again. The recognition that important Jewish figures in Jerusalem were hostile to Jesus
and had a role in his death need not of itself have produced anti-Judaism, any more than
the fact that the Jerusalem priests and prophets plotted Jeremiah's death would produce
such a result.
The first Christian attempt to see theological significance in Jesus' death
by use of the scriptural portrayal of the just persecuted by the wicked did not of itself
have an anti-Jewish tone. Anti-Judaism appeared when the death was interpreted during times
of bad relations between believers in Jesus (often no longer ethnically Jewish) and Jews
who did not believe in him. Then it stuck.
Good relations between Christians and Jews based on respect for each other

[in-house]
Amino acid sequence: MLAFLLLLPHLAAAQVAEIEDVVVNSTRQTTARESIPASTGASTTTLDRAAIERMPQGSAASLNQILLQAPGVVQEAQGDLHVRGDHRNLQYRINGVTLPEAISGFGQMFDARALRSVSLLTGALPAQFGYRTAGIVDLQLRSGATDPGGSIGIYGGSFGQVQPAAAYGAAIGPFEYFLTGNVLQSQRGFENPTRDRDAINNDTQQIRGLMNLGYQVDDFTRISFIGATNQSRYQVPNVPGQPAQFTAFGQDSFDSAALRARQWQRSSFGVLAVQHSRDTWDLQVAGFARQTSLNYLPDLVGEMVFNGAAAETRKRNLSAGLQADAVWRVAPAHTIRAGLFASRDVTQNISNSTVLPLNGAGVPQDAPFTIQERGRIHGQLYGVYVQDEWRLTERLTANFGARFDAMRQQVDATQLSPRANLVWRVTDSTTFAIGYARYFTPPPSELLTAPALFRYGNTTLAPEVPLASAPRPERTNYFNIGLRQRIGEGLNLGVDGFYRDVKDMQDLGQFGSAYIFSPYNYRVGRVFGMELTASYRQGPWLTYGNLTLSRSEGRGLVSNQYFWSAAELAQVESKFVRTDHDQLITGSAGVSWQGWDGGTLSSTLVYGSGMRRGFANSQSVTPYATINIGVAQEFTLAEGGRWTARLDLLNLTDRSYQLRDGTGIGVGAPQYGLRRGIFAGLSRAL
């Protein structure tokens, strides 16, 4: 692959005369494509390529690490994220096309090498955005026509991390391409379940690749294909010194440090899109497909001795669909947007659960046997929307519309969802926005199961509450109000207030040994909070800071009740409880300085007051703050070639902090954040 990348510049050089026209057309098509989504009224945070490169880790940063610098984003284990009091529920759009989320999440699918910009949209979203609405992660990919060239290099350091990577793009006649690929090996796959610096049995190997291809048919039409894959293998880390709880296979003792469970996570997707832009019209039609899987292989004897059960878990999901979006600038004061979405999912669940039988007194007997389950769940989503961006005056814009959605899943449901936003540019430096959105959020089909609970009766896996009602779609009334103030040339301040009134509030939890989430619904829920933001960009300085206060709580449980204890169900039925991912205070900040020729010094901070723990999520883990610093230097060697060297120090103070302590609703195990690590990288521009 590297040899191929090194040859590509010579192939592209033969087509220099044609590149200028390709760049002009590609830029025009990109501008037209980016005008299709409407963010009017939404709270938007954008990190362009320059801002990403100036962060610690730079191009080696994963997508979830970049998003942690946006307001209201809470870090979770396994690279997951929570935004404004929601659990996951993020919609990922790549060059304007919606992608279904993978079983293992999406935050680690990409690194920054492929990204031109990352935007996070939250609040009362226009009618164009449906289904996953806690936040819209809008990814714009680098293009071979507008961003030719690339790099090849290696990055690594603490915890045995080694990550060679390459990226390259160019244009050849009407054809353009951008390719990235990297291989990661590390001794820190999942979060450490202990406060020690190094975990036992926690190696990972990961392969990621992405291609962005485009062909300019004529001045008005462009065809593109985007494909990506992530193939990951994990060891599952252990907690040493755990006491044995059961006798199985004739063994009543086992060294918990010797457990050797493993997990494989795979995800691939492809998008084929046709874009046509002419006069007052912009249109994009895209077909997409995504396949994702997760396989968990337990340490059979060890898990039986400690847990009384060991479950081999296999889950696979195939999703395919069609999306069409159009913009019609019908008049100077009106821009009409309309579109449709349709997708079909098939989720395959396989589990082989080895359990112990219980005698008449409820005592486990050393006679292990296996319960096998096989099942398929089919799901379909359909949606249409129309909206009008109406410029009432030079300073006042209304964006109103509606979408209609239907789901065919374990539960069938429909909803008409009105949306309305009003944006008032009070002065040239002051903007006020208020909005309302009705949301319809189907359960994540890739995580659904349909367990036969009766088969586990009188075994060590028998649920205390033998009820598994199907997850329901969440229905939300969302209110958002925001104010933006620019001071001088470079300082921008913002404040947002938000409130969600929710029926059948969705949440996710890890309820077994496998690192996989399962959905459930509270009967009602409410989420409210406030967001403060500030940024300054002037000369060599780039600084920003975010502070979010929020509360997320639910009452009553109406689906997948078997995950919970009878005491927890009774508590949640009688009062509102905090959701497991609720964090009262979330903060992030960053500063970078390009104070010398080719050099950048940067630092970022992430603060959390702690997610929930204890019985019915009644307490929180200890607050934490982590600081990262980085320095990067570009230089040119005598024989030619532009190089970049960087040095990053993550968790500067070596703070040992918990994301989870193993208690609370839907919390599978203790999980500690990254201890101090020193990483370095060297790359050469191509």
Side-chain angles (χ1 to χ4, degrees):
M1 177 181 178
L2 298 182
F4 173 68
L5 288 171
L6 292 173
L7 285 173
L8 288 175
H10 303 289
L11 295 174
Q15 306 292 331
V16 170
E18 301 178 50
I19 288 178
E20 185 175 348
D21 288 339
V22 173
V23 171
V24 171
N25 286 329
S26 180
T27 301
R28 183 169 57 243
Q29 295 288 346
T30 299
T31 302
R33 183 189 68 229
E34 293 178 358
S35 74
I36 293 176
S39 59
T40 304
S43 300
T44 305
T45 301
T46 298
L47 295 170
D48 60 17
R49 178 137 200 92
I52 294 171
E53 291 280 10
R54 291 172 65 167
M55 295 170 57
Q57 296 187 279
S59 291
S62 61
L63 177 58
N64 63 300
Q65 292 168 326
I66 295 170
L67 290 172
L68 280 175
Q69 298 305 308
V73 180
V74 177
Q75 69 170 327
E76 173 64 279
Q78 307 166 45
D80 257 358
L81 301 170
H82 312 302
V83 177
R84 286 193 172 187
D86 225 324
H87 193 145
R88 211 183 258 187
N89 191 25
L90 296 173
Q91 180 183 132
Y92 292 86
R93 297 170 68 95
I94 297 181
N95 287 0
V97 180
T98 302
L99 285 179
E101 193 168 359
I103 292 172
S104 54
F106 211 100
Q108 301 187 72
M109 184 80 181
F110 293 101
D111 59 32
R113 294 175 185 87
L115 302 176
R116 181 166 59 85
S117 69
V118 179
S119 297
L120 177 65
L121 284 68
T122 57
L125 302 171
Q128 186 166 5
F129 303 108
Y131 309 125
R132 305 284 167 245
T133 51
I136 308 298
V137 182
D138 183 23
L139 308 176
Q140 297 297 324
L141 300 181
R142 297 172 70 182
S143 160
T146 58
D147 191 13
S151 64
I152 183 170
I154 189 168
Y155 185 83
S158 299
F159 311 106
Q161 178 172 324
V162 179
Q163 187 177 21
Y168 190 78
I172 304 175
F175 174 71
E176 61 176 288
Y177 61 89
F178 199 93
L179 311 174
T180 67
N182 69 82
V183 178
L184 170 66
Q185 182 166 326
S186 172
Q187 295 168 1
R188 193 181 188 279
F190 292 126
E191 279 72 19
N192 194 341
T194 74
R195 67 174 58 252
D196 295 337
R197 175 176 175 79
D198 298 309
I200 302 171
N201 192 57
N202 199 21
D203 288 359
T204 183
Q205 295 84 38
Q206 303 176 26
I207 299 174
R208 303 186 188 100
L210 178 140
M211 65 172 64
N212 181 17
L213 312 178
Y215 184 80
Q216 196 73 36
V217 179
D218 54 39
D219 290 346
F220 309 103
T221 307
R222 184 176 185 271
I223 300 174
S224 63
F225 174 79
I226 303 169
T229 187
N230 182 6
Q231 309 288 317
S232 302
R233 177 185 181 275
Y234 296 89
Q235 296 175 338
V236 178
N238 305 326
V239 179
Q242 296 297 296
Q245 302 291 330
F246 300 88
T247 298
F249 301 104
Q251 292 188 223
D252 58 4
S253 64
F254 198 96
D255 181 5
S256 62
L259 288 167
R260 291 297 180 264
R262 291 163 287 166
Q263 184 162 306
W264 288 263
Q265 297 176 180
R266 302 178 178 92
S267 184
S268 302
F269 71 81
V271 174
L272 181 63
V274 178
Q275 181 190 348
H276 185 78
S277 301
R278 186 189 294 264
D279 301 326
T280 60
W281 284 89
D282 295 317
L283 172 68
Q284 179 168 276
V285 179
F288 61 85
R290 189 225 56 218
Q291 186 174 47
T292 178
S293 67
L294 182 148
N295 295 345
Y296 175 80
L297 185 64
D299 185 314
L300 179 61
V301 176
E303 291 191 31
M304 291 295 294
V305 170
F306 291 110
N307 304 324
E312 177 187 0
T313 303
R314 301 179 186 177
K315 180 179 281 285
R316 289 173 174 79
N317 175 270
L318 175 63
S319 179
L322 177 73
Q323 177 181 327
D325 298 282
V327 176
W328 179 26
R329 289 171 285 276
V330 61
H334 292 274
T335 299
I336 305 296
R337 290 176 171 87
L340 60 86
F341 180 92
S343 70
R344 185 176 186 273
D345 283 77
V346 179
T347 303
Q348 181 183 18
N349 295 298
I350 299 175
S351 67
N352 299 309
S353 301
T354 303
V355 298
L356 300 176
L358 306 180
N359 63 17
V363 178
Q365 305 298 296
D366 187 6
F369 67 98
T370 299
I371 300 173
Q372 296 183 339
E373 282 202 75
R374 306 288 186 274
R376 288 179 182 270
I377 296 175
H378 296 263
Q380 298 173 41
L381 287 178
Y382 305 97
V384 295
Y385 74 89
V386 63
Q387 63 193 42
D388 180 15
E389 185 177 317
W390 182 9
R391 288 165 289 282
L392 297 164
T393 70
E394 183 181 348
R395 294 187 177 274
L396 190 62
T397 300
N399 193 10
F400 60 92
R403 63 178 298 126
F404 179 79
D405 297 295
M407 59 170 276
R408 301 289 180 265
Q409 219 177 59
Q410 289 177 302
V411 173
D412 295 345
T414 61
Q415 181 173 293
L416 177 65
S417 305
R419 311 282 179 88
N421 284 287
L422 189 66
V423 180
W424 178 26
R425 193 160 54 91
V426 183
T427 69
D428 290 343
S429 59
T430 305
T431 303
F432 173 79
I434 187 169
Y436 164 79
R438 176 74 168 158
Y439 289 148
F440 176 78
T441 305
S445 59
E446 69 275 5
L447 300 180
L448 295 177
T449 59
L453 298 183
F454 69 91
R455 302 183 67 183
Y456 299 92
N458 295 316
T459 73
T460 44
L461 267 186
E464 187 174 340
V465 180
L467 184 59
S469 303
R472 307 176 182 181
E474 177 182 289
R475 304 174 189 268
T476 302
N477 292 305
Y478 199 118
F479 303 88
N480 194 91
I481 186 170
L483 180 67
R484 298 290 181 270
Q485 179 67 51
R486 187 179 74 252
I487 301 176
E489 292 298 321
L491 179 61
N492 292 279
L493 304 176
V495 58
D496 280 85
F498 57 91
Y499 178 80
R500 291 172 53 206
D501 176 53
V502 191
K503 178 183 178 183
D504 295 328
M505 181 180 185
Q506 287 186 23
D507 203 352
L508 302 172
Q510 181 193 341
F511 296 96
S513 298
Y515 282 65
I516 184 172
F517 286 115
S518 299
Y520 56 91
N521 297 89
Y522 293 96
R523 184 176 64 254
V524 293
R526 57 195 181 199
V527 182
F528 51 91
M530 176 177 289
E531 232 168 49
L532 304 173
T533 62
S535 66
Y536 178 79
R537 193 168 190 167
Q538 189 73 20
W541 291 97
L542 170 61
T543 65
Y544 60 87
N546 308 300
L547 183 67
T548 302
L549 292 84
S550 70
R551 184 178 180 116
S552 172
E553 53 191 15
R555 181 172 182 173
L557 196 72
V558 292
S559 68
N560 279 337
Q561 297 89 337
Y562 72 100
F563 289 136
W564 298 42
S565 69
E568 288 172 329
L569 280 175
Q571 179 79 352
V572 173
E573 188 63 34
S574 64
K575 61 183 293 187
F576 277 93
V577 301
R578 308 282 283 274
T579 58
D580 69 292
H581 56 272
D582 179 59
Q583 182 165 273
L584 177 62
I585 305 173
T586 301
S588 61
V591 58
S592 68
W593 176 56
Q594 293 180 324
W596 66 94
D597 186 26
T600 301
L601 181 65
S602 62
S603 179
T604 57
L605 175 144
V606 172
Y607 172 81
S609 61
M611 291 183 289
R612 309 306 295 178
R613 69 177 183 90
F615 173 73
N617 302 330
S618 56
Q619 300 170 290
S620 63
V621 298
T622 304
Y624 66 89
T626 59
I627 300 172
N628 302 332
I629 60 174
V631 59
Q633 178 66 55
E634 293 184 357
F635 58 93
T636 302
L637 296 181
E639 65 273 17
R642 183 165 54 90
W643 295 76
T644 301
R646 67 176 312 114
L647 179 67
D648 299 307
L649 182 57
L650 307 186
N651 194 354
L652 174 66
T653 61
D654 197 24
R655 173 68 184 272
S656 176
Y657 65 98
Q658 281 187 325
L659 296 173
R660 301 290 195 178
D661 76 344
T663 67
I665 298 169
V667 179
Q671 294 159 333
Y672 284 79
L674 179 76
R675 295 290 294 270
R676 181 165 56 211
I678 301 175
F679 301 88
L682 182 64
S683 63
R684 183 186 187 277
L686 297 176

will help us to read the passion narratives without an anti-Jewish effect. Christians who
appreciate the great heritage of Judaism will work sensitively to correct the simplification
whereby those hostile to Jesus are portrayed without qualification as "the Jews."
We Christians cannot dismiss or deny what happened to Jesus—that would be the
easy way out. It would be wrong. In liturgically celebrating the truth and power of the
passion narratives, however, we must be equally energetic in proclaiming, as did Pope John
Paul II in 1995, the 50th anniversary of the liberation of the Nazi Auschwitz death camp: "Never
The late Raymond E. Brown was a Sulpician priest,
Auburn Distinguished Professor Emeritus of Biblical Studies (Union theological Seminary,
New York City) and a member of the Roman Pontifical Biblical Commission. This Update is
adapted from his book, Reading the Gospels With the Church: From Christmas Through
Easter (St. Anthony Messenger Press).
Return to The Passion of the Christ feature